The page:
Crude oil prices moved sharply higher in early Friday trading as investors reacted to data less supportive of a U.S. rate hike. File photo by Monika Graff/UPI | License Photo
NEW YORK, Sept. 2 (UPI) -- Crude oil prices jumped in early Friday trading on renewed speculation about production moves and dimmed prospects for a U.S. rate hike.
Oil moved sharply lower in recent sessions as data indicate the prospects for a narrowing gap between supply and demand are fading in the midst of increased inventory levels for crude oil.
Crude oil prices in Asian trading shot up on word from President Vladimir Putin that Russia was moving in line behind the prospects for extraordinary action to correct the market. In an interview with the Bloomberg news agency, the president said "economic sense and logic" suggested some form of compromise was needed to stimulate prices.
Lower crude oil prices are hurting oil-centered economies like Russia's and some members of OPEC. Despite caveats mentioned by Putin for Iran, markets took the bait that a production cut was possible from some oil producers.
The price for Brent crude oil was up 2.1 percent to $46.44 per barrel in early Friday trading. West Texas Intermediate, the U.S. benchmark price for oil, rallied 1.9 percent to start the day in New York at $43.97 per barrel.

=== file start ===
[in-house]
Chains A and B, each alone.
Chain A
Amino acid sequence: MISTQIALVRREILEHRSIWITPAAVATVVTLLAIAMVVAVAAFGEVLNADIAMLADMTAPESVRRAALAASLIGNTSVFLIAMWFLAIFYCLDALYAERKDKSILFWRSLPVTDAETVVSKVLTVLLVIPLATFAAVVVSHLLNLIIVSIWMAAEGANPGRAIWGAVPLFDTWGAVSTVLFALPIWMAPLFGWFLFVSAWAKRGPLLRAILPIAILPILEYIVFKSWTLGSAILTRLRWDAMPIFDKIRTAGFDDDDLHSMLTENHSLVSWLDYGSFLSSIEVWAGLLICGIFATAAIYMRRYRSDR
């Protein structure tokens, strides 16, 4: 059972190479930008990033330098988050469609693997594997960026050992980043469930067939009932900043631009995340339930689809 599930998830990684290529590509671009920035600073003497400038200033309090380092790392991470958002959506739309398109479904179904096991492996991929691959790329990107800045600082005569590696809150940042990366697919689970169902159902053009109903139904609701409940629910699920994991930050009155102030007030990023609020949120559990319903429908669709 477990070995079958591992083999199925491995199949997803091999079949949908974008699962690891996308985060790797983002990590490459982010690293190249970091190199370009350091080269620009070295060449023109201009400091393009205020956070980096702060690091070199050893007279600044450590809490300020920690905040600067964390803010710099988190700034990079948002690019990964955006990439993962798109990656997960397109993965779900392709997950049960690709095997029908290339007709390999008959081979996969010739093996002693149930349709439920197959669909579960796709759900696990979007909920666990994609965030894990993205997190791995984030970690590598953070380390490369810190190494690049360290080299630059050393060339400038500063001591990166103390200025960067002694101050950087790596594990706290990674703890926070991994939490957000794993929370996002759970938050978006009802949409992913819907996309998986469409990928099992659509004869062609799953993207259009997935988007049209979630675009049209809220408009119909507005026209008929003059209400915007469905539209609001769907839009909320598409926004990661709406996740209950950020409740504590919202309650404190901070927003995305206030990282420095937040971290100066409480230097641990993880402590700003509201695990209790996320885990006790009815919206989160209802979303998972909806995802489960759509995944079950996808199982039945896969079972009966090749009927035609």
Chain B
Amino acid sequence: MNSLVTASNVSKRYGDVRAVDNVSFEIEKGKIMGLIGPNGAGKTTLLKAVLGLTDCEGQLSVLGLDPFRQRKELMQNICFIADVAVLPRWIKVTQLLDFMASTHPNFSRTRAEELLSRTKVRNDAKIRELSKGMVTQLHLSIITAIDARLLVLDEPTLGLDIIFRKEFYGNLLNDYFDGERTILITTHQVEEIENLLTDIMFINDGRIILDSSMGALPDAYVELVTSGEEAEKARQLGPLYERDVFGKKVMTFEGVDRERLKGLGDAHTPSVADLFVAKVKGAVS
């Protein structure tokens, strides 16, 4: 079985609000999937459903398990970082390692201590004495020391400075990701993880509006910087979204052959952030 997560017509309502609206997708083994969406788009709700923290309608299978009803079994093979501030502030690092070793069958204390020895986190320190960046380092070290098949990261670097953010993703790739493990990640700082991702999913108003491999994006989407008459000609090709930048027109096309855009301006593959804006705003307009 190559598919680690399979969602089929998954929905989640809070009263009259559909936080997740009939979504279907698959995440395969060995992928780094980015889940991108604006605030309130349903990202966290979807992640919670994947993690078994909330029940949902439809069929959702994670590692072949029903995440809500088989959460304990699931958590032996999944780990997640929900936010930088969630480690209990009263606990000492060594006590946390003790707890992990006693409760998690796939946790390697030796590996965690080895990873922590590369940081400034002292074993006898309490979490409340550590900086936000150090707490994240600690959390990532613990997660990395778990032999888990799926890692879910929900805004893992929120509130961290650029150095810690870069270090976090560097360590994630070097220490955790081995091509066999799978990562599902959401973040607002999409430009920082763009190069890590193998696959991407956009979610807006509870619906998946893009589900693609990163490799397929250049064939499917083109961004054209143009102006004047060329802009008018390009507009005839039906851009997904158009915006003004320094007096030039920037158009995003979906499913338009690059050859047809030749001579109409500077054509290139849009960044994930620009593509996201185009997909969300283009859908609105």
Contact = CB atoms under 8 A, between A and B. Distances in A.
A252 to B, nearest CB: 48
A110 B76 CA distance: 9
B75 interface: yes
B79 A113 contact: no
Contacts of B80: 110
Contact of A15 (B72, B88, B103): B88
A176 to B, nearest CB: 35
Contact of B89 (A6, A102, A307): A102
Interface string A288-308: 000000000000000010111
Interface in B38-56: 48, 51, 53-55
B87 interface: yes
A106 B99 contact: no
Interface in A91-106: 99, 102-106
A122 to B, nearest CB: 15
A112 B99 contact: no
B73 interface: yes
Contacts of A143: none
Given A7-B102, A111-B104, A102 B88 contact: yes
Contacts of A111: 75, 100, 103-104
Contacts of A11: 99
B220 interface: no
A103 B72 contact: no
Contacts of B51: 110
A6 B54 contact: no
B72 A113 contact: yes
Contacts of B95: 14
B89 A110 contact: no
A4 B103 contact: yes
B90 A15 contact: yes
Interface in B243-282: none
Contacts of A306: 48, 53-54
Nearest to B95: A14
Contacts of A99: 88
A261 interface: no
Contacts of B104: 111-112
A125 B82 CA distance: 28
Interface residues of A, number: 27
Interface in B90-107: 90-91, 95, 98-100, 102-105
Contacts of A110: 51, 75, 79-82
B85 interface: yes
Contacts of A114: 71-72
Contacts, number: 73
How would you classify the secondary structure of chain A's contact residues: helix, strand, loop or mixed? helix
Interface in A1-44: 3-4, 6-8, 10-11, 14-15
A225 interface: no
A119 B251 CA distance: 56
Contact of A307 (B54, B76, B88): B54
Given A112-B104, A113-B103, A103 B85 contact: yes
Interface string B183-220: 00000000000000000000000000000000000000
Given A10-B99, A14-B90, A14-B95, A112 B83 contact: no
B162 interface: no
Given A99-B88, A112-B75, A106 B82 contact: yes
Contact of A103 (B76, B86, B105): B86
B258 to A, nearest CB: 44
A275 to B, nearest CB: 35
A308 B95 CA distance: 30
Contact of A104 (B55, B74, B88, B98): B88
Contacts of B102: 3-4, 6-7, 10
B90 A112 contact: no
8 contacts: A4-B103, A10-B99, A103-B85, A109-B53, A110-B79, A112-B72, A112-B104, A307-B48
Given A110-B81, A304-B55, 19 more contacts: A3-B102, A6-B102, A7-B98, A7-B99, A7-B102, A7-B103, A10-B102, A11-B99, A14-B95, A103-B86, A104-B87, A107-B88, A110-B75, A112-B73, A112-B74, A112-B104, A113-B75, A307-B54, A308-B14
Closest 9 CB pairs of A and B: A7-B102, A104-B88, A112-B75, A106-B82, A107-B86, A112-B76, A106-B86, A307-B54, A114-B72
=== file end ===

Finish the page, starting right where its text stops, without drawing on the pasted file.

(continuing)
Friday's gains were supported in part by lackluster jobs data from the U.S. Bureau of Labor Statistics. An increase of 151,000 in non-farm payrolls in August was less than many analysts had expected. Weak labor movements, coupled with a decline in manufacturing productivity and hours worked, could take support for a U.S. rate hike out of the picture.
Economists at the U.S. Federal Reserve have long looked at labor figures to determine whether the U.S. economy can cope with a rate hike. Slow hiring and less productivity could be a restraining factor on wages, which have not kept pace with an otherwise healthy U.S. labor sector. The strength of the U.S. dollar, meanwhile, may not be in favor of lower prices for commodities like crude oil.
Demand factors later in September could put negative pressure on crude oil prices as summer holiday seasons draw to a close. Crude oil prices later today may be influenced by rig data from Baker Hughes, which could provide a gauge for energy sector confidence depending on which way the needle moves.